The two Masters transported the fallen mage, and he was brought to the heart of the Green Tower. The best physikers devoted all their time to him. They gave him the best and strongest of their medications. I hesitate to inquire as to how many others must have died to that Dragoneyes may live.

That evening, I went to visit my old friend. He was covered in physiker's cloths. I wondered how much of our store had been depleted. The room was bustling with people who were supposed to be there, of course. But I also saw my sister, sitting silently in a corner. I sat next to her. "So seem to have been here for some time. Any news? How has he been doing?"
"The damage he did to himself is not enough to kill him."
That was good to hear. Especially from a Seer.
I watched them work for a brief while. But, frankly, it wasn't interesting, I had other things to do, and my sister had said that his wounds wouldn't kill him.
I visited Dran. He didn't seem surprised when he heard of Dragoneyes' condition. "What I'm thinking about," he explained, "is Koteph. It is possible he will recover before Dragoneyes."
"We will survive," I said.
"I suspect you're right. We have other great mages, Koteph's army is finite. It will take a great deal of power to kill him, but I expect it can be arranged. Someone other than Dragoneyes will simply have to do it."
That is when I first realized what Dran wanted. "You think you can do it!"
"No, Amniel. I know that I cannot. I know I am no match for Koteph. He killed my father and mother in front of me. He brainwashed me and bent me to his will. Some part of me even fears him, but most of me is simply aware of the fact that he is more powerful, more formidable than I can ever be. I know I will never avenge my father, just as you will never avenge yours. But I think that the combined power of all of the mages... it ought to be enough."
"I hope you're right."
"You should hope we don't have to find out."

Dran's words moved me to check again upon my injured friend. I didn't share the Etoran's confidence. I feared for what would happen if he should fall. And despite my sister's assurances... well, it couldn't hurt to check.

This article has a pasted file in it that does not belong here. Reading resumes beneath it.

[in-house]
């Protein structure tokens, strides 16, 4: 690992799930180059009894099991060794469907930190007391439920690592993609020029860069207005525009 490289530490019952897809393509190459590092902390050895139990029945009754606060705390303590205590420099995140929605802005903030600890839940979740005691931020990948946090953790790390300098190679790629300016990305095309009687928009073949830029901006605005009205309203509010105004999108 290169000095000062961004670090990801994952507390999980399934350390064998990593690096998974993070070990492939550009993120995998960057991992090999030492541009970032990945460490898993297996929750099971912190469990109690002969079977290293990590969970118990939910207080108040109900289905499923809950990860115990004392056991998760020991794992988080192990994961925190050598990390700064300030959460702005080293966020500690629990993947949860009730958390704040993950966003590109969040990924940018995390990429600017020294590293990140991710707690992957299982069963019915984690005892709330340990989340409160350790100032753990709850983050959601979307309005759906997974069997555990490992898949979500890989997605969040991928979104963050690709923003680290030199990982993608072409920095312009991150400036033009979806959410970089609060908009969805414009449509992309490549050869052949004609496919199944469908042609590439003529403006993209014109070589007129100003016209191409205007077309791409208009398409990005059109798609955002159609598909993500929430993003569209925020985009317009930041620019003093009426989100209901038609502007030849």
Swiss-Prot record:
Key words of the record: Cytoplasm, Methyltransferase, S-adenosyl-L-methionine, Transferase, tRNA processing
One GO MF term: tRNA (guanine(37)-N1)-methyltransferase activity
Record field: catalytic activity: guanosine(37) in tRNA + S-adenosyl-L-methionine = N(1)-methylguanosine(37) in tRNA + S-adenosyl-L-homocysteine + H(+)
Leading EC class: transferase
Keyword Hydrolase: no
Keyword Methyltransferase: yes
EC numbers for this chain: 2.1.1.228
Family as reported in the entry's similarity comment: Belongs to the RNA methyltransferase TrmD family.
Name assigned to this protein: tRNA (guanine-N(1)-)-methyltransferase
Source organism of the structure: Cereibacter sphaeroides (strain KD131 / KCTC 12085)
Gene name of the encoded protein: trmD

I entered the infirmary once again. It was nearly empty this time. Only the mage and the blonde-haired Seer. And me.
"He isn't strong right now," my sister said.
"I know. He isn't conscious."
"He is weak. This is the last time he will be weak."
Interesting. A part of me began to worry. That meant he would never grow old. It meant he would die quickly and suddenly. Could it be that even with Dragoneyes standing against him, Koteph would be triumphant? Or was I overthinking my sister's predictions?
"This would be the last chance..." My sister looked at me. "I can't choose."
I was taken aback. "Are you considering-"
"You don't know. You don't see. You don't know all that he will do!"
"He is my friend," I said. "He's your friend. You know he would never harm anyone. And, even in your scenario where he goes bad, he still couldn't be as bad as Koteph."
"He could be much worse that Koteph."
"Koteph will see every man, woman, and child dead to achieve his goals. How could Dragoneyes possibly be worse than him?"
"Koteph can be stopped."
I began to see Dragoneyes's potential. I knew he was a good man. A great man. But... he was powerful. Incredibly so. If we won the war... if he won the war... would anyone dare challenge him? Would anyone correct him? "No. That's ridiculous. He has always done his best to protect those he cares about. He is a hero."
"He will protect those he cares about."
I couldn't imagine what my sister was talking about. "Explain yourself. What will he do?" I wasn't yelling, but there was a certain amount of frustration in my voice.
"He will Destroy."
The Destroyer. The bogeyman, monster in the darkness who had haunted my sister's visions for years. "Is he... the Destroyer. You said Koteph-"
"You couldn't know."
"What will he do," I asked.
Dragoneyes stirred.
Dragoneyes began to breath heavily.
"What will he do," I asked softly.
Dragoneyes sat up. "Amniel. Cassinder. What is troubling you. You're afraid that some powerful terror is coming. Don't worry. I am ready to fight Koteph."
My sister hugged him. "I know."

I didn't understand. Thoughts swirled through my head that night, as I tried to sleep. My friend might become the greatest terror the world has known. My sister has been keeping this secret, even though she's been terrified of him for years. And, right or wrong, it's now too late to do anything about it. Dragoneyes is back to full strength.
For the first time in years, I had nightmares.